Secretary of State Alex Padilla explains ‘motor voter’ bill
INTO THE WEEDS
The Public Policy Institute of California released a poll Wednesday, examining the public’s attitudes on a range of environmental issues.
Findings show water remains the top environmental issue for likely California voters. The poll also reveals a strong partisan divide on the issue of global warming. Here’s what you need to know:
- 24 percent of respondents view water as the most important environmental issue. Air pollution and climate change follow behind at 15 percent and 12 percent, respectively.
- Proposition 3 has strong bipartisan support. Fifty-eight percent of likely voters support the $8.9 billion bond measure, which would pay for various water infrastructure projects. More Republicans support the measure than oppose it. Nearly three-fourths of Democrats support it as well.
ON GLOBAL WARMING…
- California likely voters are deeply split along party lines. Asked how serious of a threat global warming is to the economy and quality of life for California’s future, half of Republican respondents said it is either not too serious or not at all serious, compared to just 3 percent of Democrats. Despite the strong party differences, 47 percent of Republicans considered the issue very serious or somewhat serious.
- Mark Baldassare, president and CEO of PPIC, said Californians are far more concerned about the impact of climate change than the country as a whole. In a recent ABC News poll, 48 percent of respondents said the issue was important to them. PPIC’s latest poll finds global warming is important to 60 percent of California likely voters. Baldassare says, “There are a sizable number of Republicans who are not going along with what the Trump administration and Republican leadership in Washington is saying at this time.”
ON GAS PRICES…
- An initiative calling for voters to repeal California’s gas tax is gaining much attention heading into November. While the poll didn’t ask about Proposition 6 specifically, it did provide findings suggesting voters are willing to pay more for gas to protect the environment. “People have factored in higher gasoline prices to the state’s efforts to reduce greenhouse gas emissions, and you have high levels of support,” Baldassare said.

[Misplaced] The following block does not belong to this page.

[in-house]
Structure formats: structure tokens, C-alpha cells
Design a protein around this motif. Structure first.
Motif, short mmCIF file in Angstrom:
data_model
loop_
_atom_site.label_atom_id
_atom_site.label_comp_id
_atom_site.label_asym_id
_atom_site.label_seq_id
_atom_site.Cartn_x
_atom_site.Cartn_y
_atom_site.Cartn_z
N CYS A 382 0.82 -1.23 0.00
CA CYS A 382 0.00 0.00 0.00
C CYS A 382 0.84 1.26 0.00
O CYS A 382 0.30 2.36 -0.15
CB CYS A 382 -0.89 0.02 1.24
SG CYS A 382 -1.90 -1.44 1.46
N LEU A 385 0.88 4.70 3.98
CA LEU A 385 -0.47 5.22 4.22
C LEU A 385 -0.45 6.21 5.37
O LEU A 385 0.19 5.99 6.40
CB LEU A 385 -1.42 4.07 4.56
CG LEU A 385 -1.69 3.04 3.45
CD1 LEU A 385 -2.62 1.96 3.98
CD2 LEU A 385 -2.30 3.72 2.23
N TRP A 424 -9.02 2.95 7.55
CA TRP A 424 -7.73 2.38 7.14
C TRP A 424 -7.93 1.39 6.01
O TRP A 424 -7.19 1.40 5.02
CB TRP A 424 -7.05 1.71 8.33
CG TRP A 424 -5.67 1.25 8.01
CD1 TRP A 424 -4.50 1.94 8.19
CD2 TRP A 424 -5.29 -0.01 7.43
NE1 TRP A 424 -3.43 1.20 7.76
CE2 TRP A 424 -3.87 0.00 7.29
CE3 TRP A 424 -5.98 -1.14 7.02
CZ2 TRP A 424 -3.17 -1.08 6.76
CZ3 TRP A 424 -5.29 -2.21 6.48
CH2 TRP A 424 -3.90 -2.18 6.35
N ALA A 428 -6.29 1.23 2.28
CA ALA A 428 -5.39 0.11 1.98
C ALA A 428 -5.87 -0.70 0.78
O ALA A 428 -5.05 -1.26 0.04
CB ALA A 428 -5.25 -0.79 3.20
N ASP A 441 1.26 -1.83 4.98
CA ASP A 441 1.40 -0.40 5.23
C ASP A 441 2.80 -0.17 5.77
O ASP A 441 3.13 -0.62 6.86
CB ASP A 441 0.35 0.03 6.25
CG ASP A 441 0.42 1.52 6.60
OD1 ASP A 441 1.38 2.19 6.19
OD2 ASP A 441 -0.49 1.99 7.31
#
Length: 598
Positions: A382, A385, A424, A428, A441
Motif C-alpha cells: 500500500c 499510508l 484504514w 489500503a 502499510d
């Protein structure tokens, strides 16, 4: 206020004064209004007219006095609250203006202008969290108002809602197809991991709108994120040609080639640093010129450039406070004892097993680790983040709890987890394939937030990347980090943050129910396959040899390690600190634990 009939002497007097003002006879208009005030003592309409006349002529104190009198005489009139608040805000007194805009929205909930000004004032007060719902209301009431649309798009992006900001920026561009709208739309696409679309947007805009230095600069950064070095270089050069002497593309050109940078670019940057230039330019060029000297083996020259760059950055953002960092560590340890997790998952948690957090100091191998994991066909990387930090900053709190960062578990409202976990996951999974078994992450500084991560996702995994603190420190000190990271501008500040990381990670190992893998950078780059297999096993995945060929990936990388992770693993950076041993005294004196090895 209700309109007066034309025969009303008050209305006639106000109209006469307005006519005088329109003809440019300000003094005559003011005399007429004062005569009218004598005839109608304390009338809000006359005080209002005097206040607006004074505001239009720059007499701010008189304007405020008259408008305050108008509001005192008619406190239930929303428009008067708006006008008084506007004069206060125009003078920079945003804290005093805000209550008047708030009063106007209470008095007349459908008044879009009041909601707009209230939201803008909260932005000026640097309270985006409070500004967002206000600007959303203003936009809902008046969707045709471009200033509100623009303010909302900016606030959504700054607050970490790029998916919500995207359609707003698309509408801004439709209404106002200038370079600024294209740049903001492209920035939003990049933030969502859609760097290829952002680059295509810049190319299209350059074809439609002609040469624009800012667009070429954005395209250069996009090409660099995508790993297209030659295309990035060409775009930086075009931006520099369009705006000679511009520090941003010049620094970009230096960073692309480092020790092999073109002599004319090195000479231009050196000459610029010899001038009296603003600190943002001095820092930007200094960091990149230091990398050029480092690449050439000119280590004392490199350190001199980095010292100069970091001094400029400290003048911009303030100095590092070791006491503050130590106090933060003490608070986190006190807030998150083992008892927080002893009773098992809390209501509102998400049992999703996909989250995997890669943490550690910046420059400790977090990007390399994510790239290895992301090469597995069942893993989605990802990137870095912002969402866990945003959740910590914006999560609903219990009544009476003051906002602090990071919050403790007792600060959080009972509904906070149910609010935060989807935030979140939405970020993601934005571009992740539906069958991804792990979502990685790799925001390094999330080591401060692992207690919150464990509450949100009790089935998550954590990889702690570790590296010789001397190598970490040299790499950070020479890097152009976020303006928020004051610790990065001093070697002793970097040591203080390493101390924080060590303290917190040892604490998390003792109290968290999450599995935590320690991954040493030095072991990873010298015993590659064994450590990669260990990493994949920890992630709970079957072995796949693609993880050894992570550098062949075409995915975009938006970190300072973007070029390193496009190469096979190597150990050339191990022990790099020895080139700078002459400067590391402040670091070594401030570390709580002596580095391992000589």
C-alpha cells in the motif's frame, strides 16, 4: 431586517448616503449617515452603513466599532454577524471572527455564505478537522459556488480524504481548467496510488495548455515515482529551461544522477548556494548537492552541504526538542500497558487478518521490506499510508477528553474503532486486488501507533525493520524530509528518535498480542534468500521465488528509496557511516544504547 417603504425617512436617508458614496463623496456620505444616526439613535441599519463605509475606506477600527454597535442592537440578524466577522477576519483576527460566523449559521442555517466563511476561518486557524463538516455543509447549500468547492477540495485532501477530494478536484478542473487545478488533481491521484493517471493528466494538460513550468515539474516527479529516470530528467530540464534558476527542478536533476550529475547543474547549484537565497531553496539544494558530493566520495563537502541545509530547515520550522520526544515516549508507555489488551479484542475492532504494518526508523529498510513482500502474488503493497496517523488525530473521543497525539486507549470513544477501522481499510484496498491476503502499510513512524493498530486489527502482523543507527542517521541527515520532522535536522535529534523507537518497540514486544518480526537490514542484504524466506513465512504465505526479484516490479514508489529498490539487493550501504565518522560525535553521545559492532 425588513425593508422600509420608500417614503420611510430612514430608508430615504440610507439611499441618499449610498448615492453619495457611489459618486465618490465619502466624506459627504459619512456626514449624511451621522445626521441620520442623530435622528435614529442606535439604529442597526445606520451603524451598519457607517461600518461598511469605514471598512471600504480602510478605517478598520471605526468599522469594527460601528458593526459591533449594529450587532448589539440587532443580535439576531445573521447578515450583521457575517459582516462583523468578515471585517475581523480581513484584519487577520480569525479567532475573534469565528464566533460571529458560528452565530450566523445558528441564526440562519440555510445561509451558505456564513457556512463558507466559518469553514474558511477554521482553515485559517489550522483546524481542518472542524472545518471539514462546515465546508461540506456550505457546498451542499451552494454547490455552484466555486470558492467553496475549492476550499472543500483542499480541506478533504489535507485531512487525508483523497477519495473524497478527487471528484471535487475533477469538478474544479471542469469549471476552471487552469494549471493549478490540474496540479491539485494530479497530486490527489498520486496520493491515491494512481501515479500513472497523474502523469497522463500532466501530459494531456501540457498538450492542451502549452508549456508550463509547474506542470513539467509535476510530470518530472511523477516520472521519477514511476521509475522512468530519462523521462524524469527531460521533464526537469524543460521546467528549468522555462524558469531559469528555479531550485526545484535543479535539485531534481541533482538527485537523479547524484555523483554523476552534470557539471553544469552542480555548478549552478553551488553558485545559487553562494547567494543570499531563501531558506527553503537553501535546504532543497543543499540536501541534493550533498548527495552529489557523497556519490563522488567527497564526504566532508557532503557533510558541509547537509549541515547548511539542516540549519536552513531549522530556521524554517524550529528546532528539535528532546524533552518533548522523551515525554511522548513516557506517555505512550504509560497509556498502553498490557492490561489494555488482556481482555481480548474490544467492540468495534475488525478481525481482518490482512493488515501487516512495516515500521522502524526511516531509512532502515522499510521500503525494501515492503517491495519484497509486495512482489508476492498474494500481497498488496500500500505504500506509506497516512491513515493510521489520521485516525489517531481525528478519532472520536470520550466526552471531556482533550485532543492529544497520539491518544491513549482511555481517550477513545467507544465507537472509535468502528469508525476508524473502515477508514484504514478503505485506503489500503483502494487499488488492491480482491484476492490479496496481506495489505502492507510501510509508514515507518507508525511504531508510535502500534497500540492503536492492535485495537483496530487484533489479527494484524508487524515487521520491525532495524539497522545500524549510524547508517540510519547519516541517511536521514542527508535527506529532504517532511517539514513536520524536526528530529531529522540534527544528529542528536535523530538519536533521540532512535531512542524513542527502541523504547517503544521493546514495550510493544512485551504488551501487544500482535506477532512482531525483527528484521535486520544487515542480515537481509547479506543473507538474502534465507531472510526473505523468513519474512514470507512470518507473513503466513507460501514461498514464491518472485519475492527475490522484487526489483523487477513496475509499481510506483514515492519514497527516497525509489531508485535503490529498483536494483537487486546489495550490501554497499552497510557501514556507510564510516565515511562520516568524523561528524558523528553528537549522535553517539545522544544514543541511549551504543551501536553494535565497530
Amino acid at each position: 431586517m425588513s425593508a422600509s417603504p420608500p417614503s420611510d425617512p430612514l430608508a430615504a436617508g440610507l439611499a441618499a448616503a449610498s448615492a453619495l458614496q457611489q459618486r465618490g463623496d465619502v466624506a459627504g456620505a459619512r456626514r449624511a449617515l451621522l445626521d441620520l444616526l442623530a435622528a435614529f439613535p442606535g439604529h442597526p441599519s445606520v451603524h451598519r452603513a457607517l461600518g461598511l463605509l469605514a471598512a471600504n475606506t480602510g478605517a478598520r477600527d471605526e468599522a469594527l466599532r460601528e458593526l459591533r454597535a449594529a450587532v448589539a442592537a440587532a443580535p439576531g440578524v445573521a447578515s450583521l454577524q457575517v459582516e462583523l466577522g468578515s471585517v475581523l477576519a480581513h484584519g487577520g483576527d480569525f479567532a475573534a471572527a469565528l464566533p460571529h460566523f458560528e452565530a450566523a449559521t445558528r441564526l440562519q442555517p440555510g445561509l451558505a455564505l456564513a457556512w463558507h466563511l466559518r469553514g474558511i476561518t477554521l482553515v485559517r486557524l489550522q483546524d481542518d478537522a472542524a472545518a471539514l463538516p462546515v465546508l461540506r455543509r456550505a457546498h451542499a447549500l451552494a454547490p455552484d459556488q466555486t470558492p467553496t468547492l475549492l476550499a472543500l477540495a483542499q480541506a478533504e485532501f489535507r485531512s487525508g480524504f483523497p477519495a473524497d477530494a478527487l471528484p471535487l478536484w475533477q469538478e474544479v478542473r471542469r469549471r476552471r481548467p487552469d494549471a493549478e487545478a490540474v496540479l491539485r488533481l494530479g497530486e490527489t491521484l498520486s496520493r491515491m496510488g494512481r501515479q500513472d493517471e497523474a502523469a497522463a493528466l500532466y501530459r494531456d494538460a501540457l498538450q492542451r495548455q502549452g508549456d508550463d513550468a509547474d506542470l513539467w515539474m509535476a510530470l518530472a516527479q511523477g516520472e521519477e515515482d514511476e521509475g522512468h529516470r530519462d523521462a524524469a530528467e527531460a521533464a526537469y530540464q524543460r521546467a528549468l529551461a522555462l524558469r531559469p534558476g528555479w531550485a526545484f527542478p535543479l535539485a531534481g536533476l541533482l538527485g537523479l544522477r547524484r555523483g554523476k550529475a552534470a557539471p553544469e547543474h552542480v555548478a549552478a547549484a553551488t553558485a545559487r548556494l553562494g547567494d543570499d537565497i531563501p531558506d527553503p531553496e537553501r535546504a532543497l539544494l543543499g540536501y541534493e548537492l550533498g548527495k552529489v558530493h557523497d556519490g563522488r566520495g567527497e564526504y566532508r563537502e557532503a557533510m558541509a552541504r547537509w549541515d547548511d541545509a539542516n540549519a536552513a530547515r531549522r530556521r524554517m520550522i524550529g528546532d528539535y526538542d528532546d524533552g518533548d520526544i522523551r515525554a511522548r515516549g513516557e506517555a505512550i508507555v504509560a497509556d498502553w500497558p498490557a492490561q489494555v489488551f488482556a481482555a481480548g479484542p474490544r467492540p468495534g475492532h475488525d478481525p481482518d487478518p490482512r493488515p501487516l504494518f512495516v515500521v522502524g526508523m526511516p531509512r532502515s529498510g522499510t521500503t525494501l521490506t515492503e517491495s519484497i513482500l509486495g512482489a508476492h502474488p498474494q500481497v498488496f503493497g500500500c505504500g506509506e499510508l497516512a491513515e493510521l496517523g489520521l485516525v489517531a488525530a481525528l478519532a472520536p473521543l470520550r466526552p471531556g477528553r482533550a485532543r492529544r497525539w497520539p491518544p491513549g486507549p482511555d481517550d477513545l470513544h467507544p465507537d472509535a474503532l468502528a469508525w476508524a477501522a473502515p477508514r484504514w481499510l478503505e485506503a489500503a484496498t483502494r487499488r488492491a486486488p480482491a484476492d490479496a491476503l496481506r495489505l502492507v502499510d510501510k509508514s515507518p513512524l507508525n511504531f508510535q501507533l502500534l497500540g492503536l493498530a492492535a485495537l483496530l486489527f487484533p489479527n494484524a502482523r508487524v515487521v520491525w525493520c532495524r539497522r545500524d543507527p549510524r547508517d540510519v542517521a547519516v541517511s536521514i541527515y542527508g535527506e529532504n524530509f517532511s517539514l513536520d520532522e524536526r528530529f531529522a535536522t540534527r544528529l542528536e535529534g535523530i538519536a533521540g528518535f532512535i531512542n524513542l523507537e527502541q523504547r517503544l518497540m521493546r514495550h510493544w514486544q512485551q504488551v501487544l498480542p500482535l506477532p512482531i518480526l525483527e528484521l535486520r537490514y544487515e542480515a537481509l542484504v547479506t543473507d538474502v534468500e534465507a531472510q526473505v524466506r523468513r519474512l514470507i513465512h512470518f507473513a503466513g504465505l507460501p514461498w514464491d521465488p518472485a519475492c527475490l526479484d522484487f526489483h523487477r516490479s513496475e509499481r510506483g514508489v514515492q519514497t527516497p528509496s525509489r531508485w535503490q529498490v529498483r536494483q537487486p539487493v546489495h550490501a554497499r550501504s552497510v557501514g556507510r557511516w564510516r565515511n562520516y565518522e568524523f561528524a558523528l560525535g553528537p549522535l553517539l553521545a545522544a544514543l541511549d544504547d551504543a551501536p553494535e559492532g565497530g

- Fifty-eight percent of respondents think that California doing things to reduce global warming in the future would cause gas prices to increase. A narrow majority of respondents is willing to pay more more for electricity if it were generated by renewable sources. Three in five people support setting higher emissions standards for automobiles. Though these findings are not directly related to the gas tax, they do suggest people would be willing to pay more money to promote environmental sustainability.
The survey of 1,020 California adult likely voters was conducted from July 8-17 with a margin of error of 4.3 percentage points.
MOTOR VOTER FUELS 260,000 NEW REGISTRATIONS
California’s new Motor Voter program is driving up registrations. From April to June, the Department of Motor Vehicles has registered nearly 260,000 new voters. In a statement, Secretary of State Alex Padilla called the numbers a “game changer” that will make it “easier than ever” to participate in the electoral process.
MCCARTY HOLDING TOWN HALL
Assemblyman Kevin McCarty, D-Sacramento, is participating in a town hall with County Supervisor Phil Serna, from 6-7:30 p.m. today at Natomas High School.
TWEET OF THE DAY
U.S. Rep. Barbara Lee (RepBarbaraLee) — “ICE has secretly changed polices to detain more pregnant women, brutally shackling them and denying them adequate medical access. In @AppropsDems today, I introduced an amendment to end to this barbaric practice but Republicans voted it down. This is a disgrace.”
INFLUENCER OF THE DAY
Keep fighting or fold to Trump? California Influencers speak out on sanctuary state posture.
“Father Theodore Hesburgh, former president of the University of Notre Dame said, ‘Close the back door of illegal immigration so as to keep open the golden door of legal immigration.’ The left has confused the very different issues of legal and illegal immigration, causing some to oppose needed legal immigration as well as making some oblivious to the problems of illegal immigration. Sanctuary laws contribute little substantively, but instead exacerbate further confusion on this key issue. The state should cease appearing to being unable to distinguish between those coming through the ‘golden door’ and the ‘back door.’”
— Sal Russo, co-founder of Tea Party Express